Alfred Hitchcock Collectors’ Guide: Rich and Strange (1931)

by Brent Reid
  • Every port tells a different story but fairy tales can turn to nightmares
  • At first glance, a marvellously inventive, lighthearted little comedy
  • But in Hitch’s hands it’s complex, multi-layered and surprisingly dark
  • The moral is, be careful what you wish for; money does not buy happiness
  • Little-seen but essential addition to the Master’s peerless run of 1930s talkies
  • Cheap bootlegs abound, but every official, good quality release is finally listed
  • Close but no cigar: legit releases are the way to go but none are completely correct

Note: this is one of 100-odd Hitchcock articles coming over the next few months. Any dead links are to those not yet published. Subscribe to the email list to be notified when new ones appear.

Percy Marmont, Joan Barry, Elsie Randolph, Betty Amann and Henry Kendall in Rich and Strange (1931, dir. Alfred Hitchcock)

Mixed doubles: L-R: Percy Marmont, Joan Barry, Elsie Randolph, Betty Amann and Henry Kendall. Elsie likes playing cards; there’s a clue to her favourite game in her character’s name.




Henry Kendall, Betty Amann and Joan Barry in Rich and Strange (1931, dir. Alfred Hitchcock)

Moving in for the kill: Henry Kendall, Betty Amann and Joan Barry are at the table but can anyone ID the two ladies on the left?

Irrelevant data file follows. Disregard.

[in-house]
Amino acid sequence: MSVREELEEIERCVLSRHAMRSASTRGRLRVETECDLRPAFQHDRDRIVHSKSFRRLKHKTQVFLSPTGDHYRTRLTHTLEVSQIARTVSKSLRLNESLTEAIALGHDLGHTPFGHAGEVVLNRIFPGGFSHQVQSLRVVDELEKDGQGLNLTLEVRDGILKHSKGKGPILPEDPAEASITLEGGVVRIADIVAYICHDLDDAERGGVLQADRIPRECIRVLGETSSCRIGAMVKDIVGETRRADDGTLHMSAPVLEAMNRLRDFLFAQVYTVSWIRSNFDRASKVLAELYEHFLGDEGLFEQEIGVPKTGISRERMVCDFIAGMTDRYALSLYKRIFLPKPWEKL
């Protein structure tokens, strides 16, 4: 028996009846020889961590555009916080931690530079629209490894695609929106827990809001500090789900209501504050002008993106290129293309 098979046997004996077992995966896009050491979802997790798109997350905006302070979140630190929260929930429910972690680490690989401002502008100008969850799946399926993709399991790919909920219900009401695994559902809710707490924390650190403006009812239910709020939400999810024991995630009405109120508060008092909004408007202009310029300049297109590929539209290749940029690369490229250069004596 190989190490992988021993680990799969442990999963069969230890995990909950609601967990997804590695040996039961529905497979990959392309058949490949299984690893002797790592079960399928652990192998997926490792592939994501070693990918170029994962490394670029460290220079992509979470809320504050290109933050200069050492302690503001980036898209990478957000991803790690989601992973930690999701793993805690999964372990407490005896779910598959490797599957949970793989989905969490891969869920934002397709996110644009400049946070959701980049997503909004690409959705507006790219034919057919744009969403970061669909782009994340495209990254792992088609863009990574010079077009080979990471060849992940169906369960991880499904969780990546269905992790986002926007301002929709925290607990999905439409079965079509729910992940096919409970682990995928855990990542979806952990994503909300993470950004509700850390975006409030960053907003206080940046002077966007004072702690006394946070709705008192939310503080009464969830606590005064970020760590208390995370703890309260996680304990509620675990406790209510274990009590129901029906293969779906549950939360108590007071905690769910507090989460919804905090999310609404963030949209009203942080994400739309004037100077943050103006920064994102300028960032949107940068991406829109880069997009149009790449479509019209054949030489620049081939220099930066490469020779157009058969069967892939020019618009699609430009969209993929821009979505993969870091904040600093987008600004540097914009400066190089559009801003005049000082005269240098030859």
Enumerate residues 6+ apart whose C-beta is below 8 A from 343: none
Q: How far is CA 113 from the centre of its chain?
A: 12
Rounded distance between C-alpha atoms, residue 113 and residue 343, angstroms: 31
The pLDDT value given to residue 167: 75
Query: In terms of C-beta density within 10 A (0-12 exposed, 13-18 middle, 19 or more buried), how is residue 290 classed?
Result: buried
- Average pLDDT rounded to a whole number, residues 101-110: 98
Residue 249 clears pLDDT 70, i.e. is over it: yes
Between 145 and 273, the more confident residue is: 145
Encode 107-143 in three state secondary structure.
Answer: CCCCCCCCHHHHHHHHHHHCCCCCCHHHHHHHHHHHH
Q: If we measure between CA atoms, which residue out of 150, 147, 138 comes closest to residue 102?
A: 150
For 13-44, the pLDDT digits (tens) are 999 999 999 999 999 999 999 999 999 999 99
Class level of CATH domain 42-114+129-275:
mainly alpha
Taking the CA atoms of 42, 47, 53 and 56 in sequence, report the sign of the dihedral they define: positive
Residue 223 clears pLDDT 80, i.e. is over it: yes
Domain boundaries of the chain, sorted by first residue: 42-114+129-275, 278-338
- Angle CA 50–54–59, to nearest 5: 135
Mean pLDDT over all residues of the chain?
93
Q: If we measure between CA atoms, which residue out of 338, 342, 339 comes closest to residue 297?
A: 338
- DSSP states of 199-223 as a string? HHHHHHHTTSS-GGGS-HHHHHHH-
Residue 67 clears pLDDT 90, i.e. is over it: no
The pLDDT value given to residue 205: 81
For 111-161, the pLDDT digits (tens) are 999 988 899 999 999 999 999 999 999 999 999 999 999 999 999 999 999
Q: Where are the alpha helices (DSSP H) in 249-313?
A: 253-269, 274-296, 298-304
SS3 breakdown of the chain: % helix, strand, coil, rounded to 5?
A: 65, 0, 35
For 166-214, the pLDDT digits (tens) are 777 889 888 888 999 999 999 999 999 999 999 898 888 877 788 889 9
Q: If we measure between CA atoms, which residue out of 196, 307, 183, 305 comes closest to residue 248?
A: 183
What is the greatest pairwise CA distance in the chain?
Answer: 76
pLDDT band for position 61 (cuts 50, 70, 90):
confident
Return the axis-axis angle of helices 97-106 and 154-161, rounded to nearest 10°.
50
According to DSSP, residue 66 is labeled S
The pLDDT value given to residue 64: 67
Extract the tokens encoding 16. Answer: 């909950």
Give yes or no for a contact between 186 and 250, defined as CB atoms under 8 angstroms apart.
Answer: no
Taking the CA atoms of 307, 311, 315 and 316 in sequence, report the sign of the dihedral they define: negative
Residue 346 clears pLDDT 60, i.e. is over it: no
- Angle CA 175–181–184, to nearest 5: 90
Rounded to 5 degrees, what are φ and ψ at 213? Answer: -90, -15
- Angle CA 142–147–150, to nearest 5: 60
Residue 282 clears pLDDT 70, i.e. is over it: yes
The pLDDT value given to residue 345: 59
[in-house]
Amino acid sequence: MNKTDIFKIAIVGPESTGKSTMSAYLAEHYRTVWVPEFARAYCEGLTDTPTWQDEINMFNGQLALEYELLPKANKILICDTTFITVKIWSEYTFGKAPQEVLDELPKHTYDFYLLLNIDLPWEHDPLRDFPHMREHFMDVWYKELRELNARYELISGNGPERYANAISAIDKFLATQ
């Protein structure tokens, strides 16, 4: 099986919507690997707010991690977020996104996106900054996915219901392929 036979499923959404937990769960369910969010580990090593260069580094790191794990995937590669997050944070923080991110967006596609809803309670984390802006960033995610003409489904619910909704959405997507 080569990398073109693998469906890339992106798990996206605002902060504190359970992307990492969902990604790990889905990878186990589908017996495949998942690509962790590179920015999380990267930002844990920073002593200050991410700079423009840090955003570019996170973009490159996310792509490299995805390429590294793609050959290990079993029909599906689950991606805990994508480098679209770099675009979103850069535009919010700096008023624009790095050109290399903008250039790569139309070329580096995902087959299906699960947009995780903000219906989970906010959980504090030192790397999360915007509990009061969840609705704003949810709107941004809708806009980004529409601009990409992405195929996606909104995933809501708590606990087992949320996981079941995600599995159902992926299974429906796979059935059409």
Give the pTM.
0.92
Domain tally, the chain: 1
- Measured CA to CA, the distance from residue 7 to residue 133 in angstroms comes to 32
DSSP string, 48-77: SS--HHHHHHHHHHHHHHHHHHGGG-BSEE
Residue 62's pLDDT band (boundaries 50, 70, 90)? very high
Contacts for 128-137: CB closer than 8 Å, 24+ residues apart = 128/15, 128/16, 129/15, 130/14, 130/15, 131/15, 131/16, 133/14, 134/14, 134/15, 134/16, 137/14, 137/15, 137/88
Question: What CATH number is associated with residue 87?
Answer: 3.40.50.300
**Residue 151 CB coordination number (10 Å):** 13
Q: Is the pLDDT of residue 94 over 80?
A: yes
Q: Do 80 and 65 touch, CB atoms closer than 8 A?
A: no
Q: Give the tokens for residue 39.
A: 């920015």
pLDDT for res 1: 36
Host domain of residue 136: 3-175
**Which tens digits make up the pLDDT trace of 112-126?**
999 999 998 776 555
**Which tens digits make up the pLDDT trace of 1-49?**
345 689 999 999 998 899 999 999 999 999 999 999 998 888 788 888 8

Fred and Emily Hill, a happy young married couple, inherit money and decide to take a world cruise. Once onboard ship, their new-found fortune goes to their heads and they tend to go their separate ways. Fred loses most of their money to a fake princess, while Emily also gets involved with someone but luckily escapes the commitments of her escapade. Their shipboard romances drive them apart but a shipwreck brings them back together. Rescued by a Chinese junk they return to the security of England and home, having had their fill of romance and adventure. – US Republic Pictures VHS (1994, ad) and Australian Polygram VHS (1995)

Full fathom five thy father lies;
Of his bones are coral made;
Those are pearls that were his eyes;
Nothing of him that doth fade,
But doth suffer a sea-change
Into something rich and strange.
Sea-nymphs hourly ring his knell:
Hark! now I hear them — Ding-dong, bell.

– “Ariel’s Song”, Scene II, Act I, Shakespeare’s The Tempest

Rich and Strange is a satisfying and quirky romantic comedy about a young couple who get the chance to spend their future inheritance early (£3,000 according to the source novel; worth £155,000 in 2023), and embark on around the world shenanigans. But rather like the Shakespeare play that inspired its source, all is not plain sailing: shipwrecks, new love and betrayal loom large on the horizon. Renamed rather less obliquely East of Shanghai in the US, it co-stars Joan Barry, who a couple of years earlier had lent her cut-glass English inflections to strongly-accented Czech actress Anny Ondra in Blackmail.